Weather delays efforts to reach cargo plane crash site

Posted: Friday, January 26, 2001

UNALASKA (AP) -- Snow and blustery weather delayed plans Thursday to reach the crash site of a cargo plane with two people aboard.

Sgt. John Nichols of the Unalaska Department of Public Safety said the forecast was calling for winds of 50 mph that would keep any search and rescue aircraft on the ground.

''It is just a hold until the weather breaks,'' Nichols said.

Searchers found the wreckage Wednesday afternoon of the DC-3 cargo plane on a mountain about 10 miles north-northwest of downtown Unalaska. The aircraft might be one that took off from Unalaska on Tuesday night and was reported missing on Wednesday.

A DC-3 belonging to Majestic Air Cargo with two people on board took off from the Unalaska airport at about 9 p.m. Tuesday. Nichols said the plane was on its way to Anchorage and was believed to be carrying seafood.

The two people aboard the plane were pilot Jody Pond, 53, of Anchorage, and co-pilot Angela Drennan, 39, also of Anchorage. Nichols said observers did not believe anyone could have survived the crash.

The wreckage was spotted at about the 1,500-foot level on a steep mountainside six miles from the Unalaska airport at Eider Point.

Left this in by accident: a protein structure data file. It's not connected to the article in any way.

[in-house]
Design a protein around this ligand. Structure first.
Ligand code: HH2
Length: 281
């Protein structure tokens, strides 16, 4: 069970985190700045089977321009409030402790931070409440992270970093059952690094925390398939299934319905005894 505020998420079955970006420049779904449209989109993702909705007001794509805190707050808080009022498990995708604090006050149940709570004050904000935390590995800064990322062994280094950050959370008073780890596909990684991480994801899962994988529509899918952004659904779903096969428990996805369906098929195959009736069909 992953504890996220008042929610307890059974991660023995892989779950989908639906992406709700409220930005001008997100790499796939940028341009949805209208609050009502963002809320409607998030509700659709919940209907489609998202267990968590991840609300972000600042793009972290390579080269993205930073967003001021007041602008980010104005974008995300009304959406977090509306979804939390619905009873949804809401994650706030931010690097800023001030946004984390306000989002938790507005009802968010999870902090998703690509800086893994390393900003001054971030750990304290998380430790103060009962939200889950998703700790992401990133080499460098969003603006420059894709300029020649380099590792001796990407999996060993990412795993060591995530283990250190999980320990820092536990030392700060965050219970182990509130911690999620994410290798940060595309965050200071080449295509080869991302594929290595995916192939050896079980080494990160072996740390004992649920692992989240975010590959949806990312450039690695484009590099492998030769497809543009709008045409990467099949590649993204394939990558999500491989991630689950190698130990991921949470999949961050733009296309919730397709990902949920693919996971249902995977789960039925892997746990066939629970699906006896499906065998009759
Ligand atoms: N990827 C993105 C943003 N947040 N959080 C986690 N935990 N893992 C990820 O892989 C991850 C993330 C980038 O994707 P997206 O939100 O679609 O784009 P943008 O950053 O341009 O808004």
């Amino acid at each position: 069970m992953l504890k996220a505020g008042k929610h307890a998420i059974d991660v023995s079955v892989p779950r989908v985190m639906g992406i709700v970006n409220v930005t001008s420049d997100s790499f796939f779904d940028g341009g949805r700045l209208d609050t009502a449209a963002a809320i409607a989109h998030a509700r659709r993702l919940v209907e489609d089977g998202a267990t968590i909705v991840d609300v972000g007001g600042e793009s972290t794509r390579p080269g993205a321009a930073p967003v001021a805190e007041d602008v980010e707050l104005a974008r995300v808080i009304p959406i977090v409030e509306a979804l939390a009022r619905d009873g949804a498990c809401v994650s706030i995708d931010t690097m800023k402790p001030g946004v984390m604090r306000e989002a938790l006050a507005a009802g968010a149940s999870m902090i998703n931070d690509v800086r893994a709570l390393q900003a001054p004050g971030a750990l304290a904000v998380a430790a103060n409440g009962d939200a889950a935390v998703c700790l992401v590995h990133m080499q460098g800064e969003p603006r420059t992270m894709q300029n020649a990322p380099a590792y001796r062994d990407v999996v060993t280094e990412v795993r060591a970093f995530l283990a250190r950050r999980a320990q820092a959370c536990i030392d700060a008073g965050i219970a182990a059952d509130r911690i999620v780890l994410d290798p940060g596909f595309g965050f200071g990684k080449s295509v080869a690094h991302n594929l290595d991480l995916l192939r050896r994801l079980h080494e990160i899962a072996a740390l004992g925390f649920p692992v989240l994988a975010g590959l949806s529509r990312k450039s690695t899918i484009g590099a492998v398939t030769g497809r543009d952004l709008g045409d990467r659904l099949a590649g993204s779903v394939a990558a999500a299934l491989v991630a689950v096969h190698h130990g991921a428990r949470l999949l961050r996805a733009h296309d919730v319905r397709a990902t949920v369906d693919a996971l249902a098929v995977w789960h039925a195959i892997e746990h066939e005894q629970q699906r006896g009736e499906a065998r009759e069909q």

Coast Guard Lt. Christopher Ahearn said the Coast Guard received an emergency locator transmitter signal relayed by satellite at about 11 p.m. Tuesday night.

A Coast Guard helicopter based in Kodiak and on assignment in Cold Bay was diverted to the Unalaska area but found nothing Tuesday night.

The search continued Wednesday, and the helicopter crew received audio signals from an emergency locator transmitter.

A Coast Guard helicopter flew over the crash site but was unable to land because of the steep terrain and winds of 30-40 mph with.

Nichols said as soon as the weather permitted a search and rescue operation would be launched.

Coast Guard Petty Officer Keith Alholm said crews will have to land about 400 feet below the wreckage and work their way up to the crash site.

Pond was piloting a D-C 3 in 1998 when it crashed outside of Anchorage when the plane ran out of fuel. The National Transportation Safety Board said the crash was due to pilot error. Pond and a co-pilot were not seriously injured.



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